Under this scenario, the server acts as an NDMP data server, and the NAS device
                       hosts the NDMP tape server. Although this configuration is not common, it might
                       prove to be a good alternative if the majority of data is hosted on a NAS device,
                       while a relatively small amount of server-hosted data requires backup. In this case,
                       the tape resource attached to the NAS device is leveraged, eliminating the need to
                       add additional tape storage to the server. All vendors do not support this approach.

                         Tape Library



                                                                                         Server
                                                    NAS Device



                                          SCSI

                                                                                          gn




                                                                     Backup Data Flow

                         Ethernet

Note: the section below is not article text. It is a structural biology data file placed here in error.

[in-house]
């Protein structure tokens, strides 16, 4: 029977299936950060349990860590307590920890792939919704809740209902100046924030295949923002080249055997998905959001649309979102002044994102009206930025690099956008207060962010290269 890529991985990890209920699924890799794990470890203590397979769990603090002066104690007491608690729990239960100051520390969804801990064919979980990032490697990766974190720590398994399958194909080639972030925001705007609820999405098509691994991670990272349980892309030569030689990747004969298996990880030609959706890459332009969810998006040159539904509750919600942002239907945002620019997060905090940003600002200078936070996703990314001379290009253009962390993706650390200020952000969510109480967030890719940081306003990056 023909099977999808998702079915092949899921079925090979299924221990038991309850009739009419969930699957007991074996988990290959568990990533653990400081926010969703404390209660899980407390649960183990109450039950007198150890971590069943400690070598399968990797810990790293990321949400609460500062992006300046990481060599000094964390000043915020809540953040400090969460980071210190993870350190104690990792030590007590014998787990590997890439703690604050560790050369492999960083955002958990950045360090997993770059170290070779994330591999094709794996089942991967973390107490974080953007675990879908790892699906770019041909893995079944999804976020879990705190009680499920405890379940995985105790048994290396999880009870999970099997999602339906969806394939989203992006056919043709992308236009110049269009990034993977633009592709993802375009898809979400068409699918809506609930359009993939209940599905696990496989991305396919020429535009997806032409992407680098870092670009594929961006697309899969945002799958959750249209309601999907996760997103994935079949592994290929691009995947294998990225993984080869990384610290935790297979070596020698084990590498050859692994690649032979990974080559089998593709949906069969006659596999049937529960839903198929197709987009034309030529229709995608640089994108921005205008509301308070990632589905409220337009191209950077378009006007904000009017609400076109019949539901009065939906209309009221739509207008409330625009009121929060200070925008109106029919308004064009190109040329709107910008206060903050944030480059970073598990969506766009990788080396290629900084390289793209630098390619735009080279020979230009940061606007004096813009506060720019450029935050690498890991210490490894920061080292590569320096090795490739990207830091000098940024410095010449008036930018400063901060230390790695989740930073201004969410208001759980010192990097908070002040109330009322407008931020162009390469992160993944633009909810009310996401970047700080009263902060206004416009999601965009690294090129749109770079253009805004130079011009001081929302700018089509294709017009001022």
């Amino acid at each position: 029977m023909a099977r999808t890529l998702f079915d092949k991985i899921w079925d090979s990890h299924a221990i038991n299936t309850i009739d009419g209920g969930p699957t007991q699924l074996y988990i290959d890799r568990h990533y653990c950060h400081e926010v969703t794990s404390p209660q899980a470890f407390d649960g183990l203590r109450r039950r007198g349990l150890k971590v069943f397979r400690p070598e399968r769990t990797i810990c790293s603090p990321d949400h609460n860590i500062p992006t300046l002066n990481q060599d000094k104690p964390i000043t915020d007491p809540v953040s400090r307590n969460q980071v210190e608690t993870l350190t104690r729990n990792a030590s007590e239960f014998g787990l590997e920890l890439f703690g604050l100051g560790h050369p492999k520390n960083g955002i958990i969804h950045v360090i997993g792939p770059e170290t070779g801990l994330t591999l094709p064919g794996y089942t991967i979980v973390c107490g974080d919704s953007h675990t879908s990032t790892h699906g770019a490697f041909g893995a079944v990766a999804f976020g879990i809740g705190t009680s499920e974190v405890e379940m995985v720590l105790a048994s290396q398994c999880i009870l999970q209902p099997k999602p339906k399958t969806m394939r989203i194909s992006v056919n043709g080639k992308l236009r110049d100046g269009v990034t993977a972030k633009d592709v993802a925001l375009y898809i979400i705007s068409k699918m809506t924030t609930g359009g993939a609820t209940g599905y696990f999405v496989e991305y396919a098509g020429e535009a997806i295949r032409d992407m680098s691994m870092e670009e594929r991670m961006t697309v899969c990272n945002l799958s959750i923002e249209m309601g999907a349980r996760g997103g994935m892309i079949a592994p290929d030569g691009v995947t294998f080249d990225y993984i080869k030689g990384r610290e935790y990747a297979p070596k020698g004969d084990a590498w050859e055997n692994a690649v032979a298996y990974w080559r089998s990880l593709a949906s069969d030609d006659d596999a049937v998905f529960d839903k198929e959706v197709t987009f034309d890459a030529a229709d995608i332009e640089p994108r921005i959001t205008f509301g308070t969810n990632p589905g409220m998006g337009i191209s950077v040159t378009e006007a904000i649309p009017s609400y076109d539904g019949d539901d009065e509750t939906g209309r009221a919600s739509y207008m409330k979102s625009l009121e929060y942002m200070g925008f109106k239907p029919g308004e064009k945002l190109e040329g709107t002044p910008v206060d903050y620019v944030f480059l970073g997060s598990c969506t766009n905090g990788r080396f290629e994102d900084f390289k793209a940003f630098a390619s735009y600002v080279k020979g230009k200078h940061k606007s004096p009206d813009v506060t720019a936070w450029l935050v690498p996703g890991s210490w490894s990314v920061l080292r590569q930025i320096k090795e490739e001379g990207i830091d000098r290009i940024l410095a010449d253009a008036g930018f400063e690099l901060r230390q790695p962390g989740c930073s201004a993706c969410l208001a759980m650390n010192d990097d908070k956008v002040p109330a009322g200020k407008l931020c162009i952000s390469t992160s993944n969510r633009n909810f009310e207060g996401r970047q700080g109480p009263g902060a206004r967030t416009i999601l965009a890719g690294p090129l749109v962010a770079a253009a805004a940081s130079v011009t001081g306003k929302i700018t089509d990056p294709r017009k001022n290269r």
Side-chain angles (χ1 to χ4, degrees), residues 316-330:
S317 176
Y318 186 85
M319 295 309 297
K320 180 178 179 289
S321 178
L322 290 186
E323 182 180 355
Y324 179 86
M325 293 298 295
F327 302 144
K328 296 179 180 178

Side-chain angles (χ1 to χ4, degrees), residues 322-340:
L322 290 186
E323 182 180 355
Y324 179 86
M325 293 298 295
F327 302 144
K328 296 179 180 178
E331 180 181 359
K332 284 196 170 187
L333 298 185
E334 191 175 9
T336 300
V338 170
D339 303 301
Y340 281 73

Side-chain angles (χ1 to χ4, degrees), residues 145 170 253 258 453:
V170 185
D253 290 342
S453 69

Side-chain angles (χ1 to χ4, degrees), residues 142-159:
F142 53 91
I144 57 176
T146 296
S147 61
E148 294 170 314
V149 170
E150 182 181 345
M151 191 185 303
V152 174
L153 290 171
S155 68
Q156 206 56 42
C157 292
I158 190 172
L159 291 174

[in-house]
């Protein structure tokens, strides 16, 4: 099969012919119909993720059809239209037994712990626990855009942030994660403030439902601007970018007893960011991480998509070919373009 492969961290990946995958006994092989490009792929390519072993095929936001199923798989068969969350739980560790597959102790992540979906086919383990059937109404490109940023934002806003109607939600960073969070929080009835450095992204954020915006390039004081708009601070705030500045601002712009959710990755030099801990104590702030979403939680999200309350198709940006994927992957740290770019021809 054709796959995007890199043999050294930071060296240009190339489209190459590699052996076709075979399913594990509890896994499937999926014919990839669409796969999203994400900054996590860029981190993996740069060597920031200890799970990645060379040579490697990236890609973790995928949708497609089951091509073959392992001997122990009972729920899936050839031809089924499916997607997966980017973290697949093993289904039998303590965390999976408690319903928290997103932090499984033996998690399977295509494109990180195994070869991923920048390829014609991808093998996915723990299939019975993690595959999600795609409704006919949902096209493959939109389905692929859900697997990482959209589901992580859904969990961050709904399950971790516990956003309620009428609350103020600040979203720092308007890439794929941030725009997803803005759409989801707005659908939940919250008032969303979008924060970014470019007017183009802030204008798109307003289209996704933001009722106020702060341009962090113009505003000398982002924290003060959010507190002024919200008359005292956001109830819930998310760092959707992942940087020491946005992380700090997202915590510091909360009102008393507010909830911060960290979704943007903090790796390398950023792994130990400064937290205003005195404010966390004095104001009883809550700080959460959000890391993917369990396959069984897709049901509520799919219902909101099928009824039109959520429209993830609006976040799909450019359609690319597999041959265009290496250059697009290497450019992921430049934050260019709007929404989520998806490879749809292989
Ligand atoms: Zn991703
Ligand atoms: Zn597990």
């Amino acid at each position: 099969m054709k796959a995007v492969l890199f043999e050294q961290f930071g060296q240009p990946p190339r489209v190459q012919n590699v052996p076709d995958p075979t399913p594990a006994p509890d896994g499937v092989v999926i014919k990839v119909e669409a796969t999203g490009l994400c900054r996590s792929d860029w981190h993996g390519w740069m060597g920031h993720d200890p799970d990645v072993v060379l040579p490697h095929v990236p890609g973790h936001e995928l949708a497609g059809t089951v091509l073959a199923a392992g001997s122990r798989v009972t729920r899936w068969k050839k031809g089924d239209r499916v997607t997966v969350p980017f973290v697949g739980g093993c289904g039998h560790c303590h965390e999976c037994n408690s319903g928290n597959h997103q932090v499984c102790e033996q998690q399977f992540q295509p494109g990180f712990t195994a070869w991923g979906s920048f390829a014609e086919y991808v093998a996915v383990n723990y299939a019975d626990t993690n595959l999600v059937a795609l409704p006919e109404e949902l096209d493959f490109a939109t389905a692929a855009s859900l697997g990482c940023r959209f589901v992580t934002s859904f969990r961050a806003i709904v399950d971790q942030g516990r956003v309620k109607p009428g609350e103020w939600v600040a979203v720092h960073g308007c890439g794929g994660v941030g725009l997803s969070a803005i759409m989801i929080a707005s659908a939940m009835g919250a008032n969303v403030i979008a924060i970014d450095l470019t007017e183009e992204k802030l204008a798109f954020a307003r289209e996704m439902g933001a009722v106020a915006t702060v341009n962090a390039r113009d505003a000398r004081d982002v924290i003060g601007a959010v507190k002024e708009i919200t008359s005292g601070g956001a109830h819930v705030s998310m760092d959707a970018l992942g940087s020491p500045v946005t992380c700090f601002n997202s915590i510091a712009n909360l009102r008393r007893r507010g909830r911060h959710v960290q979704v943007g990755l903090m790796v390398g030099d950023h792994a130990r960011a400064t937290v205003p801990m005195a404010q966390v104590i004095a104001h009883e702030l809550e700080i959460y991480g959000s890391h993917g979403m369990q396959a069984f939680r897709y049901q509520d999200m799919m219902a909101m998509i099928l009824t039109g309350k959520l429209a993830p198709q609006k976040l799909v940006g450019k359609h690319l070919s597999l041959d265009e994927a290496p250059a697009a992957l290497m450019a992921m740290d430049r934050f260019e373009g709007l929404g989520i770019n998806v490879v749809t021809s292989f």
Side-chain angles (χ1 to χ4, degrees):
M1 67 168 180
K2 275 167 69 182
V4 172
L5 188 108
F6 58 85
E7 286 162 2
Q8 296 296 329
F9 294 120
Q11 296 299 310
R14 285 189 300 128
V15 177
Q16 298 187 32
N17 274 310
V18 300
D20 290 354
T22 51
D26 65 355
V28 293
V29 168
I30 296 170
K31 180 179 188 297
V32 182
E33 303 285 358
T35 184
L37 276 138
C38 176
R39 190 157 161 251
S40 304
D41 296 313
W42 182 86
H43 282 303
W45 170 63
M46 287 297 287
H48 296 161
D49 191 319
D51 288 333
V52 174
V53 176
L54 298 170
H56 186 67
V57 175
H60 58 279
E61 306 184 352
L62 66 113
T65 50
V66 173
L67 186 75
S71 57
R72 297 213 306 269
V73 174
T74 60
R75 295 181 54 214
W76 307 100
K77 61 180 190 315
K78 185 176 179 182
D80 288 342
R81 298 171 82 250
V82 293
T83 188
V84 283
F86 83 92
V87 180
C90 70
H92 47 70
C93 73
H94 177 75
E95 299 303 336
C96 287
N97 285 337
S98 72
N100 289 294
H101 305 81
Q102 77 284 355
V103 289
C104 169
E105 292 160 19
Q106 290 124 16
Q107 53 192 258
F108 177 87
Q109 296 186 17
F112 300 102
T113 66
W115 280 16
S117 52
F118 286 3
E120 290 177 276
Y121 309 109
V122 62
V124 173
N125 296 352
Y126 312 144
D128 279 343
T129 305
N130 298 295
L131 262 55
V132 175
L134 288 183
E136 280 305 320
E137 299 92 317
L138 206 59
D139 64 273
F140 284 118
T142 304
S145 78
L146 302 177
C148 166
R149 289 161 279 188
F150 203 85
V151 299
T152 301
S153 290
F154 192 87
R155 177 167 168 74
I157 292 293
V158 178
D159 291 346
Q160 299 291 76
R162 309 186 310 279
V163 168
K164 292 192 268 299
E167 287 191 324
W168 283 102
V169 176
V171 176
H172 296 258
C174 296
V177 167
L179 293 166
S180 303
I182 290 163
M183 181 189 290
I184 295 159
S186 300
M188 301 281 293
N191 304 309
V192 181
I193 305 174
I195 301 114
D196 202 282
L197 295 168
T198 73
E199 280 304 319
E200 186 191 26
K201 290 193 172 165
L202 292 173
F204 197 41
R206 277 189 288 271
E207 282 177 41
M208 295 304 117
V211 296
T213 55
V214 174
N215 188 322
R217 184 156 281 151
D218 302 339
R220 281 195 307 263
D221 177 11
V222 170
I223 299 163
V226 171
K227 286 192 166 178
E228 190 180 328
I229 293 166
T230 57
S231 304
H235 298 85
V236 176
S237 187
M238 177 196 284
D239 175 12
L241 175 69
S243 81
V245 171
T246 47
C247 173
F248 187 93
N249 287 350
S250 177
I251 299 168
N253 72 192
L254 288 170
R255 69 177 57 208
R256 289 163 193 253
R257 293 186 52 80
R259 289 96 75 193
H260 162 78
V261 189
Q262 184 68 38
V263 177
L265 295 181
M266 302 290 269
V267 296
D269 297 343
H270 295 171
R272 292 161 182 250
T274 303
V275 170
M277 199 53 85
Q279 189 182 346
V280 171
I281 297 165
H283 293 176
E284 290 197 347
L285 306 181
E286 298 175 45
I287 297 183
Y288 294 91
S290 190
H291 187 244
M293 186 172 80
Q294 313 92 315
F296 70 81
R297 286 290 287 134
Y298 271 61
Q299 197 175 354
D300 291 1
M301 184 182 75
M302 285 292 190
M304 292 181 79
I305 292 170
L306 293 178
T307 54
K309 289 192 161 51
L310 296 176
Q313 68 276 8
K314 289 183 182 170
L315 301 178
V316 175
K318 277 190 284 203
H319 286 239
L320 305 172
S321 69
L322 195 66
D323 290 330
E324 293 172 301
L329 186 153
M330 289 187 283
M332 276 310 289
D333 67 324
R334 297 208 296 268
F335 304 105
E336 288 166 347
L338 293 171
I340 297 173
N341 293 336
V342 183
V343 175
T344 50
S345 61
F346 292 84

Figure 7: Server-to NAS Device NDMP Configuration



Configuration          Server-to-NAS device NDMP configuration:
advantages and
                       ADVANTAGES
disadvantages
                         • Leverages investment in the NAS device attached library by using it for backing
                           up servers
                         • Centralizes tape administration
                         • Allows preservation of file permissions on both NFS and CIFS volumes
                       DISADVANTAGES
                         • NDMP does not currently support data multistreaming, so performance is not as
                           robust as with standard server-attached or SAN backups
                         • Generates some network traffic when data is transferred from server(s) to the
                           NAS device
                         • Requires additional software on the data server to allow the server to act as an